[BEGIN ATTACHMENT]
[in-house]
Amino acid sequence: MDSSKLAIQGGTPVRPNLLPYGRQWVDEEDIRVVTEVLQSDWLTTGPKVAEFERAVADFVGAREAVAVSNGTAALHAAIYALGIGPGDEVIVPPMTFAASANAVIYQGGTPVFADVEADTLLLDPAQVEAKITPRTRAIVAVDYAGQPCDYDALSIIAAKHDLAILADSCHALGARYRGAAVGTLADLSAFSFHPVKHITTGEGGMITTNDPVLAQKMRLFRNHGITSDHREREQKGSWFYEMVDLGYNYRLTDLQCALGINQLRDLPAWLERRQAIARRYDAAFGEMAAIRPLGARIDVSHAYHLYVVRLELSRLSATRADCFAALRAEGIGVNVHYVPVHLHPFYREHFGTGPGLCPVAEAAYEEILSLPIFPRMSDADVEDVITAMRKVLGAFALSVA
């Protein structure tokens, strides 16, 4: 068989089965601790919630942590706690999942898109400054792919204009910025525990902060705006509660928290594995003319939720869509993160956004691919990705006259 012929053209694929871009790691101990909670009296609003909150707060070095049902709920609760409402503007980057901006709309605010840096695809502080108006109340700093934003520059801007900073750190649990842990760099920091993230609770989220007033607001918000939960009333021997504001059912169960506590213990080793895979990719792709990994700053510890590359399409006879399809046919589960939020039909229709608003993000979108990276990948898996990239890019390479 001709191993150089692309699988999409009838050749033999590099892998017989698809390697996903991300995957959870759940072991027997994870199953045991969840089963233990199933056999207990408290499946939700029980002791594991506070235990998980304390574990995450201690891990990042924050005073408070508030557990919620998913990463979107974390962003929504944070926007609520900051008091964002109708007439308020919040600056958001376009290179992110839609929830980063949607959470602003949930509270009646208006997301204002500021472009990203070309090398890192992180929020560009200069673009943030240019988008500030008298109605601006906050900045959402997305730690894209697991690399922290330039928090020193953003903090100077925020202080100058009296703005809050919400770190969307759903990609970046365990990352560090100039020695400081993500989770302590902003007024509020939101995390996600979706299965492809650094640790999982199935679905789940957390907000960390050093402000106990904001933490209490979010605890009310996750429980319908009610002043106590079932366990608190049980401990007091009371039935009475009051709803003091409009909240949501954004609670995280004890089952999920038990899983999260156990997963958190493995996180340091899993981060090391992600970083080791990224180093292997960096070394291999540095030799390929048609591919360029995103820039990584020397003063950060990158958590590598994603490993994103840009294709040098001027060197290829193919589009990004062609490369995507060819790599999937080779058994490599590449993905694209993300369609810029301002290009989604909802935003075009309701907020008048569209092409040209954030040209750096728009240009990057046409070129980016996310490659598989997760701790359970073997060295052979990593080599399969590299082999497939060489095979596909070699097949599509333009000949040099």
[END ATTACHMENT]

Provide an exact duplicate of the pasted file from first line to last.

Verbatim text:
[in-house]
Amino acid sequence: MDSSKLAIQGGTPVRPNLLPYGRQWVDEEDIRVVTEVLQSDWLTTGPKVAEFERAVADFVGAREAVAVSNGTAALHAAIYALGIGPGDEVIVPPMTFAASANAVIYQGGTPVFADVEADTLLLDPAQVEAKITPRTRAIVAVDYAGQPCDYDALSIIAAKHDLAILADSCHALGARYRGAAVGTLADLSAFSFHPVKHITTGEGGMITTNDPVLAQKMRLFRNHGITSDHREREQKGSWFYEMVDLGYNYRLTDLQCALGINQLRDLPAWLERRQAIARRYDAAFGEMAAIRPLGARIDVSHAYHLYVVRLELSRLSATRADCFAALRAEGIGVNVHYVPVHLHPFYREHFGTGPGLCPVAEAAYEEILSLPIFPRMSDADVEDVITAMRKVLGAFALSVA
């Protein structure tokens, strides 16, 4: 068989089965601790919630942590706690999942898109400054792919204009910025525990902060705006509660928290594995003319939720869509993160956004691919990705006259 012929053209694929871009790691101990909670009296609003909150707060070095049902709920609760409402503007980057901006709309605010840096695809502080108006109340700093934003520059801007900073750190649990842990760099920091993230609770989220007033607001918000939960009333021997504001059912169960506590213990080793895979990719792709990994700053510890590359399409006879399809046919589960939020039909229709608003993000979108990276990948898996990239890019390479 001709191993150089692309699988999409009838050749033999590099892998017989698809390697996903991300995957959870759940072991027997994870199953045991969840089963233990199933056999207990408290499946939700029980002791594991506070235990998980304390574990995450201690891990990042924050005073408070508030557990919620998913990463979107974390962003929504944070926007609520900051008091964002109708007439308020919040600056958001376009290179992110839609929830980063949607959470602003949930509270009646208006997301204002500021472009990203070309090398890192992180929020560009200069673009943030240019988008500030008298109605601006906050900045959402997305730690894209697991690399922290330039928090020193953003903090100077925020202080100058009296703005809050919400770190969307759903990609970046365990990352560090100039020695400081993500989770302590902003007024509020939101995390996600979706299965492809650094640790999982199935679905789940957390907000960390050093402000106990904001933490209490979010605890009310996750429980319908009610002043106590079932366990608190049980401990007091009371039935009475009051709803003091409009909240949501954004609670995280004890089952999920038990899983999260156990997963958190493995996180340091899993981060090391992600970083080791990224180093292997960096070394291999540095030799390929048609591919360029995103820039990584020397003063950060990158958590590598994603490993994103840009294709040098001027060197290829193919589009990004062609490369995507060819790599999937080779058994490599590449993905694209993300369609810029301002290009989604909802935003075009309701907020008048569209092409040209954030040209750096728009240009990057046409070129980016996310490659598989997760701790359970073997060295052979990593080599399969590299082999497939060489095979596909070699097949599509333009000949040099």